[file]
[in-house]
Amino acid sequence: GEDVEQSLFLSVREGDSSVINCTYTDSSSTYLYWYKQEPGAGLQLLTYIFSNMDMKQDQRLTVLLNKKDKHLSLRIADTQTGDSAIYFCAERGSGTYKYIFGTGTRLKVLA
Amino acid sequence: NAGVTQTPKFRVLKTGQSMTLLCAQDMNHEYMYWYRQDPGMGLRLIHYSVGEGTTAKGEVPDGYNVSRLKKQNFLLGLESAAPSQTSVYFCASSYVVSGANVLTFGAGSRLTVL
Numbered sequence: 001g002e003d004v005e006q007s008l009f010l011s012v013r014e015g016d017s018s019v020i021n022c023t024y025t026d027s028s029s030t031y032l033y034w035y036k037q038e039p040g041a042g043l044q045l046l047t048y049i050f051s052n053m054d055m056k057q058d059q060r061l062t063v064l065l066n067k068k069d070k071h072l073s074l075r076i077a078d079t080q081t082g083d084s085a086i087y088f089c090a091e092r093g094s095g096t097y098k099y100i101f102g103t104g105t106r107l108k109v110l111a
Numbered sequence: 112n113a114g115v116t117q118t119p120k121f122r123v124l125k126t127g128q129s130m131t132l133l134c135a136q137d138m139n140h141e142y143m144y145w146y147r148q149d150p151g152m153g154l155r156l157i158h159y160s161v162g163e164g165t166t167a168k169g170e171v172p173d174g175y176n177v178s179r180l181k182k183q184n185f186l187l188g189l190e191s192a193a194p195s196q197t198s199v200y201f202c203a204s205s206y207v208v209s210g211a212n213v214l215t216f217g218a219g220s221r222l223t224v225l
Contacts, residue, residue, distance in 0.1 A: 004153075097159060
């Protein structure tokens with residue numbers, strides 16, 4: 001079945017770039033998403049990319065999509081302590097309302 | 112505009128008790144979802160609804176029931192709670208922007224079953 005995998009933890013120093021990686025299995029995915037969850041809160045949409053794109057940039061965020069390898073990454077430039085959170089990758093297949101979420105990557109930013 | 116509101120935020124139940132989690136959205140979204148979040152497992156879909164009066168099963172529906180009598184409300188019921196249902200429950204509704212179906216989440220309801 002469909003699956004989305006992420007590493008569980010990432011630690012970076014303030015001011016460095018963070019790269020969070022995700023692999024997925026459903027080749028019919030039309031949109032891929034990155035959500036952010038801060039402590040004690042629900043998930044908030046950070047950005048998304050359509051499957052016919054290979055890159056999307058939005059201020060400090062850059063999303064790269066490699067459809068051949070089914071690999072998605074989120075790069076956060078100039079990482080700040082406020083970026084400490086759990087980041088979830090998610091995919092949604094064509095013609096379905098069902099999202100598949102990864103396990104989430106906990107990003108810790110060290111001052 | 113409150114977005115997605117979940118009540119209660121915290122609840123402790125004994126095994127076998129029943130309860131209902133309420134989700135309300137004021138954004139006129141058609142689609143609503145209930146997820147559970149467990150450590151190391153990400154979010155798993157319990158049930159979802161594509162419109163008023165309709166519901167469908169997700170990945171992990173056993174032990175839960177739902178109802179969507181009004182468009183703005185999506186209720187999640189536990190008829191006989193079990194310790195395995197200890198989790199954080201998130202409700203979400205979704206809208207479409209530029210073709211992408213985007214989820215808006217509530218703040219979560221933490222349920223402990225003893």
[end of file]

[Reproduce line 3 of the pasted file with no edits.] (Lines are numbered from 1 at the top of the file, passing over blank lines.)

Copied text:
Amino acid sequence: NAGVTQTPKFRVLKTGQSMTLLCAQDMNHEYMYWYRQDPGMGLRLIHYSVGEGTTAKGEVPDGYNVSRLKKQNFLLGLESAAPSQTSVYFCASSYVVSGANVLTFGAGSRLTVL